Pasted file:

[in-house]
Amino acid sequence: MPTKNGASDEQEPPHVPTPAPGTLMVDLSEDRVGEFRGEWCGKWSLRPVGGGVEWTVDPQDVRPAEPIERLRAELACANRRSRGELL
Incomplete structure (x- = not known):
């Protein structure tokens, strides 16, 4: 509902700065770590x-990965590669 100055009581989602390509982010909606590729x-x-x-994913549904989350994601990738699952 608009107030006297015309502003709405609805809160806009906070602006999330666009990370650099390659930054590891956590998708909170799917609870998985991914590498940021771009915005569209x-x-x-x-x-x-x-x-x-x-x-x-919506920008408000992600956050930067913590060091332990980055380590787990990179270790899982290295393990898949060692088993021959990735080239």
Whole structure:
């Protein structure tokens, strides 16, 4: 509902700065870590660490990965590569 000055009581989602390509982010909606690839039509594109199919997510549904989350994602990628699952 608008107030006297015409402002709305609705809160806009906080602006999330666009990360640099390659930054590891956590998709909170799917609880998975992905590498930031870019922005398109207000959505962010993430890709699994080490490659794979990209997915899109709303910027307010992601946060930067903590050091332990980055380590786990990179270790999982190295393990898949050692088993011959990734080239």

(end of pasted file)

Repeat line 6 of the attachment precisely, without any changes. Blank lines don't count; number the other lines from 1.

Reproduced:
């Protein structure tokens, strides 16, 4: 509902700065870590660490990965590569 000055009581989602390509982010909606690839039509594109199919997510549904989350994602990628699952 608008107030006297015409402002709305609705809160806009906080602006999330666009990360640099390659930054590891956590998709909170799917609880998975992905590498930031870019922005398109207000959505962010993430890709699994080490490659794979990209997915899109709303910027307010992601946060930067903590050091332990980055380590786990990179270790999982190295393990898949050692088993011959990734080239």